May is a beautiful month in Germany because blossoms are popping out all over, bringing new life and color to our eyes, tired of winter gray. May Day is coming up and young lads will place brightly decorated May trees at the front doors of their sweethearts. As you drive down the street, you can read their names written on a big heart attached to the tree – and think lucky Ingrid or Sabine or Uschi – someone cared enough to make them a May tree. Young love. While they are focused on May trees, I have zeroed in on “Spargel Saison” – asparagus season. Yum. White asparagus. Heaven.
White asparagus grows underground, which is why it stays white, but it is by no means just a sun-deprived cousin of green asparagus. White asparagus is juicy and sweet, tender and tasty and with a different texture than green asparagus. As far as I have discovered, it is quite special to Germany and a few surrounding countries. An American friend who once lived in Belgium told me she tried white asparagus there but didn’t care for it – it was too tough and chewy. This seemed a bit strange to me and I felt the need to defend each beloved stalk. I asked her how she cooked it. “Did you peel it?” “What, you have to peel it!” And therein lies the secret. Unlike green asparagus, white asparagus has a tough peel so you need to go to the store and get yourself an asparagus peeler before you indulge. It isn’t exactly easy to peel but once you get the hang of it, it’s not too bad, and there are even places that will sell it to you and peel it. Just make sure you eat it the same day for ultimate freshness and taste. If the ends are too dry, it’s likely been lying around too long.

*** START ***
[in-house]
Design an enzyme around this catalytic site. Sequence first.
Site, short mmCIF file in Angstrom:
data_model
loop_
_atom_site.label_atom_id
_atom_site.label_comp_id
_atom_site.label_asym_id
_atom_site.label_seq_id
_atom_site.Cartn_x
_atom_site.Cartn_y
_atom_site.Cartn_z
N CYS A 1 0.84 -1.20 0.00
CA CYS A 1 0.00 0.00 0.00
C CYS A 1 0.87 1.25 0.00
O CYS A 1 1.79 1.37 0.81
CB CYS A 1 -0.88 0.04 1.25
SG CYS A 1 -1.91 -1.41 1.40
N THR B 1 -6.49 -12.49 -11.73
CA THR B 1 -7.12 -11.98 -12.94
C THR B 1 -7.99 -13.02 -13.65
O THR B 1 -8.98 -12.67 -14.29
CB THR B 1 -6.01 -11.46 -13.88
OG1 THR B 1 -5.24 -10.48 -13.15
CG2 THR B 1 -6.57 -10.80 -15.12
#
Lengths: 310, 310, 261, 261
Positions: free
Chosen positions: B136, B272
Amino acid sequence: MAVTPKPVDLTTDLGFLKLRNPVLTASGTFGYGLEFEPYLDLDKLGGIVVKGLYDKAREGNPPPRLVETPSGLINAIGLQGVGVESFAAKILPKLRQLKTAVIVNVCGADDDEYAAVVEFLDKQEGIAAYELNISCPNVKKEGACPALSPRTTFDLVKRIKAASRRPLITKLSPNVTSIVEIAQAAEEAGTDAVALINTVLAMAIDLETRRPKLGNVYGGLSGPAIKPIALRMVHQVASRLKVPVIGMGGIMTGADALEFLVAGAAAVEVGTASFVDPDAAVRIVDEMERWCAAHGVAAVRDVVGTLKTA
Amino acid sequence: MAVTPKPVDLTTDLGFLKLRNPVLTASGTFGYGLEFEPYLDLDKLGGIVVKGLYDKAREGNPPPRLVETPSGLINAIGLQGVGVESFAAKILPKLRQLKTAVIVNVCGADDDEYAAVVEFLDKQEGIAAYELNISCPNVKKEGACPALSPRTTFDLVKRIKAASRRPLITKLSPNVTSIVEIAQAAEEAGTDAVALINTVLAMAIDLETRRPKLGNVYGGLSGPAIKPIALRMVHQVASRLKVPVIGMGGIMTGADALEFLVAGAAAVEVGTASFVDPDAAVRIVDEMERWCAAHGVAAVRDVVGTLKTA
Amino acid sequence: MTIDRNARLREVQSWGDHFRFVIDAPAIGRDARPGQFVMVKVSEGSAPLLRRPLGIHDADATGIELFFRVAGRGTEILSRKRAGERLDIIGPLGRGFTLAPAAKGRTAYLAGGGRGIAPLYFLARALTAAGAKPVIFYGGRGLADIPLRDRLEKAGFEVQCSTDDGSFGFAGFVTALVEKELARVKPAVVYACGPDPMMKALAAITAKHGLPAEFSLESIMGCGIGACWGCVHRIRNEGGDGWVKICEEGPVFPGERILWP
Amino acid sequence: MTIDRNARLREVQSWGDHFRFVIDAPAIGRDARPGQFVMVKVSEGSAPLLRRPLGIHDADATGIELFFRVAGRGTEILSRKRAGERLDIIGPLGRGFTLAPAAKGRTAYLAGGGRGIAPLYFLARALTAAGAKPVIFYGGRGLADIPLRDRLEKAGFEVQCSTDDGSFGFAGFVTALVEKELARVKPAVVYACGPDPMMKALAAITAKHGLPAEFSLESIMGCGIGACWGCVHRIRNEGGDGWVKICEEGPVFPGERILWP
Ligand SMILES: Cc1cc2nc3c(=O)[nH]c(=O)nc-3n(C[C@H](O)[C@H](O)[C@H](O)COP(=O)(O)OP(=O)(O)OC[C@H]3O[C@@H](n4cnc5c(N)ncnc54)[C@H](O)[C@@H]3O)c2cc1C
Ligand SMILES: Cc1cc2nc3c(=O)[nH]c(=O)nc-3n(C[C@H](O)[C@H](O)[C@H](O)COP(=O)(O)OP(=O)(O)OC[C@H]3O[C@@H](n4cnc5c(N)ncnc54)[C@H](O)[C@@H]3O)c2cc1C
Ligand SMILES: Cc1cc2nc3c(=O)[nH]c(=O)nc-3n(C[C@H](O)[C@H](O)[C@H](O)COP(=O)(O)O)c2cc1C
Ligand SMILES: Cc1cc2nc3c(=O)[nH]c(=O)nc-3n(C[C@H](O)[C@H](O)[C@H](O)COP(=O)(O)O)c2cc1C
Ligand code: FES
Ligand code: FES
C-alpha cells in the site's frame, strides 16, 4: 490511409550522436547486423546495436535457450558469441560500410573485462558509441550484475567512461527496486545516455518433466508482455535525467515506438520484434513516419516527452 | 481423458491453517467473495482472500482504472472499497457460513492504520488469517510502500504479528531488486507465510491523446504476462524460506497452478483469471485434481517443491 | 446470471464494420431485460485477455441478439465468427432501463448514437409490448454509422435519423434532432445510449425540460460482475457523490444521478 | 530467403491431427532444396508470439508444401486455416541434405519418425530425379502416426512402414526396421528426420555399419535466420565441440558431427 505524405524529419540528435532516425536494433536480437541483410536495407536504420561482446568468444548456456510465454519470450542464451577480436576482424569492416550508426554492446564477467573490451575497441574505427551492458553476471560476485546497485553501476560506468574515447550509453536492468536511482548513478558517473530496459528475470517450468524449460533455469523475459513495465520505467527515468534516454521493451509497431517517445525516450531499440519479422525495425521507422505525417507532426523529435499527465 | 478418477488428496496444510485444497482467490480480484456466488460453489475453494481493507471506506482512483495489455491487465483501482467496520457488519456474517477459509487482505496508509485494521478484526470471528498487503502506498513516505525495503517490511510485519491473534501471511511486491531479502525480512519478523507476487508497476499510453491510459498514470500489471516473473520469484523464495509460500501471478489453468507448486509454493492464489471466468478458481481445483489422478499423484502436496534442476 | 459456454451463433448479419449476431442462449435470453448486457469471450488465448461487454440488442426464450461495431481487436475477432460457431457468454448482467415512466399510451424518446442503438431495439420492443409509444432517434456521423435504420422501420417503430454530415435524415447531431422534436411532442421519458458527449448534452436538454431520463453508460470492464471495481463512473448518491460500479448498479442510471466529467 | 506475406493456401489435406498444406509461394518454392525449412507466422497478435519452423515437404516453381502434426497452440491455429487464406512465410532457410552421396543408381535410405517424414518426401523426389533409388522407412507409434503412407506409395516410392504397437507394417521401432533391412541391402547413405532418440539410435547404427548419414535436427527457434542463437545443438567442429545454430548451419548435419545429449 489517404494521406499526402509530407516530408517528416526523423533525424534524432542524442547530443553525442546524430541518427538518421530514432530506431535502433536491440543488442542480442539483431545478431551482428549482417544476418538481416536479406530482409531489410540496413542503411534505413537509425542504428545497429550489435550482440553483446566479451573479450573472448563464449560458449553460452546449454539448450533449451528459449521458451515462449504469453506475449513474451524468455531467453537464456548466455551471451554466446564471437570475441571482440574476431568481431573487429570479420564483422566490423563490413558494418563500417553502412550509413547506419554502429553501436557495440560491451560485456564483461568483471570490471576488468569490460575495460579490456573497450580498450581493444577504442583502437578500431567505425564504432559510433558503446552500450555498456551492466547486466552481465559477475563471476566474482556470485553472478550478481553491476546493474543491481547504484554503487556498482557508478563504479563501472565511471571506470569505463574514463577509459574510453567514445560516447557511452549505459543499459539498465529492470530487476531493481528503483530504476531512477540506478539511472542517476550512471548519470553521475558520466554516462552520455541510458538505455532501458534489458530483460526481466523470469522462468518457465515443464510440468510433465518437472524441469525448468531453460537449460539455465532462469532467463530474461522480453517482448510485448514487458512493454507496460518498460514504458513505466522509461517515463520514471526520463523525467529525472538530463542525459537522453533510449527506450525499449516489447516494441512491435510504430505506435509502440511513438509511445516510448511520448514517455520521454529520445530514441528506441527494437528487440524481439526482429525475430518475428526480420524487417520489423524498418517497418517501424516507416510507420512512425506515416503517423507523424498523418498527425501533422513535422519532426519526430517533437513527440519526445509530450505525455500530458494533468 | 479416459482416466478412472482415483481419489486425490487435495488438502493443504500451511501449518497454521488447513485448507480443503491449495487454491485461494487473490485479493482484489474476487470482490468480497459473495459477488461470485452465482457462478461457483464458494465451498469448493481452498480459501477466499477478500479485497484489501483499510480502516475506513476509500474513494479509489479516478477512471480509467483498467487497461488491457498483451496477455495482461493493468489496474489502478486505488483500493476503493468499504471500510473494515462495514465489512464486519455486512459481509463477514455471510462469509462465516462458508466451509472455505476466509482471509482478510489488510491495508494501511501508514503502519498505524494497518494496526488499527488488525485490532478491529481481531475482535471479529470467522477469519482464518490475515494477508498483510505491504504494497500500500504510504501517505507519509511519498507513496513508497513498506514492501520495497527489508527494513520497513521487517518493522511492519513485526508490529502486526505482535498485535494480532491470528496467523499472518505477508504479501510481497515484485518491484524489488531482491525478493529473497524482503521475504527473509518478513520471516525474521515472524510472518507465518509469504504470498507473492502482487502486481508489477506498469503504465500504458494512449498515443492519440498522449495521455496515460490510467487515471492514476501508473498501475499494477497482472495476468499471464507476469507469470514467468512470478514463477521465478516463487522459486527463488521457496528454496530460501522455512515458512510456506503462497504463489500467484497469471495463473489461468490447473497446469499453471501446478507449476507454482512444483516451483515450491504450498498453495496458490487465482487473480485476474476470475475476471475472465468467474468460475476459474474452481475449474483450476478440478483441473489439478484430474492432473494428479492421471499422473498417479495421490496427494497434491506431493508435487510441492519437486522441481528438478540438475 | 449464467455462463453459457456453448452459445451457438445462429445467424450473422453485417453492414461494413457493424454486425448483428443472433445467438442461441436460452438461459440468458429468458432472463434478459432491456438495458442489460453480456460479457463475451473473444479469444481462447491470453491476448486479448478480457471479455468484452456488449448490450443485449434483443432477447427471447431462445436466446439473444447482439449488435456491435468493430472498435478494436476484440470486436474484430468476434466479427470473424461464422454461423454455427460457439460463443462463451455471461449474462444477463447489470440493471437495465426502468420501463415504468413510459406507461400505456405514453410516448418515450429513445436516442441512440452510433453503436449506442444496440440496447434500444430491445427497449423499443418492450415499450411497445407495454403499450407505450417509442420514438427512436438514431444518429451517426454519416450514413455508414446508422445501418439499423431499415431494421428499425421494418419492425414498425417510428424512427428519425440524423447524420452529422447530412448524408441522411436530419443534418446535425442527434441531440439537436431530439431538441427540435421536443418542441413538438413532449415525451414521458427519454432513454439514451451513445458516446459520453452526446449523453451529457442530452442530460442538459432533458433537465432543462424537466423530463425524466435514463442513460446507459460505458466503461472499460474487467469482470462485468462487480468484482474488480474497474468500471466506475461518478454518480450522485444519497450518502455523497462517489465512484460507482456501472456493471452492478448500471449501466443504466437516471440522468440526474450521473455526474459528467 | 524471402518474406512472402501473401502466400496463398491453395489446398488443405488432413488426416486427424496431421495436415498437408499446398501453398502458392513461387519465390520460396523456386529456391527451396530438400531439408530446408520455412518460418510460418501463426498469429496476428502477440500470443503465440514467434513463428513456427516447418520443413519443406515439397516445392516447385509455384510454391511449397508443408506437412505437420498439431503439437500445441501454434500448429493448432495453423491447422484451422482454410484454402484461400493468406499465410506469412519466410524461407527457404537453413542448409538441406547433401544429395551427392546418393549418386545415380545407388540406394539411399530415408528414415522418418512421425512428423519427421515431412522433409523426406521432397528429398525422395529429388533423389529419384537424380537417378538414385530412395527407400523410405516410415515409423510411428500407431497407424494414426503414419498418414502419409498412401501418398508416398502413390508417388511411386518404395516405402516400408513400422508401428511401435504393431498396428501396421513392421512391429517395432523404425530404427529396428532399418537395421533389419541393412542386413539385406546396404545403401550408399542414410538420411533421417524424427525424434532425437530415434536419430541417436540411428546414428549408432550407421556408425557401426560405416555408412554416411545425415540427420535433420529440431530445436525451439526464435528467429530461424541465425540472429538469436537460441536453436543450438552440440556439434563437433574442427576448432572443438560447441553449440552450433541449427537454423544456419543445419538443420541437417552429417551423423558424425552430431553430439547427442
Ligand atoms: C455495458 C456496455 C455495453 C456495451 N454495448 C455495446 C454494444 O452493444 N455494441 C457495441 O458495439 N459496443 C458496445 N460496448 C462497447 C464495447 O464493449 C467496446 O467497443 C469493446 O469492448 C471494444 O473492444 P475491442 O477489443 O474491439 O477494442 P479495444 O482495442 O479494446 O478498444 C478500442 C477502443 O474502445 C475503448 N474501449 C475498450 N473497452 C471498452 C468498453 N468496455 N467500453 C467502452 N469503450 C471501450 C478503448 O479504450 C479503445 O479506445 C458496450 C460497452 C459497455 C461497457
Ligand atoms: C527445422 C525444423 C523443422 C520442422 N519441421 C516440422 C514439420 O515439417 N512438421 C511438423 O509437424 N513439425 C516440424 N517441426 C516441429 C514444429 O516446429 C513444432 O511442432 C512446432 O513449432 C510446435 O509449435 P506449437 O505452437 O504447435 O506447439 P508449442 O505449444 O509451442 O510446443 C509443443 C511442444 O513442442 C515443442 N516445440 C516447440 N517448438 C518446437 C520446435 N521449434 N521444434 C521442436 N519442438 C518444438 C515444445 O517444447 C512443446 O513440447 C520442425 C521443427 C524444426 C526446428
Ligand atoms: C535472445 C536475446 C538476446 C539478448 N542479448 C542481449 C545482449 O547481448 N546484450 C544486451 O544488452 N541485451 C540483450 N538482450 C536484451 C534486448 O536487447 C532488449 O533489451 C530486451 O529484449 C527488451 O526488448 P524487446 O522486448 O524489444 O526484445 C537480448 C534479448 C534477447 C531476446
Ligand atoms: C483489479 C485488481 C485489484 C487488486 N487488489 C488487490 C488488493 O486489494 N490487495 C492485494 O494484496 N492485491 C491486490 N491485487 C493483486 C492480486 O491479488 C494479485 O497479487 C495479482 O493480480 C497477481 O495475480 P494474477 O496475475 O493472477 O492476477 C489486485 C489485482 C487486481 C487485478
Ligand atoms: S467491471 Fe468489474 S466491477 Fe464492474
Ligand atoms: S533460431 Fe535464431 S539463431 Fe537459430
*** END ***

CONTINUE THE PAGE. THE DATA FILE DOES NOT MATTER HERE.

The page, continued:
Although I love to eat white asparagus with Hollandaise sauce, I also find it delicious in risotto. Not wanting to discriminate against it’s green cousin, I dice up small pieces of both green and white asparagus for my risotto. After sauteing the onions, I alternate chicken broth and white wine until the risotto is tender. I add all of the asparagus and freshly grated parmesan, and crunchy bacon. This is truly what I have been waiting for all year. Mmmm. Many people eat their white asparagus with new potatoes and ham, also delicious and I am sure there are many ways of eating this treat that I have not yet discovered. The main thing is – go out and get some fresh white asparagus if you are living in Germany, and for goodness sake – don’t forget to peel it!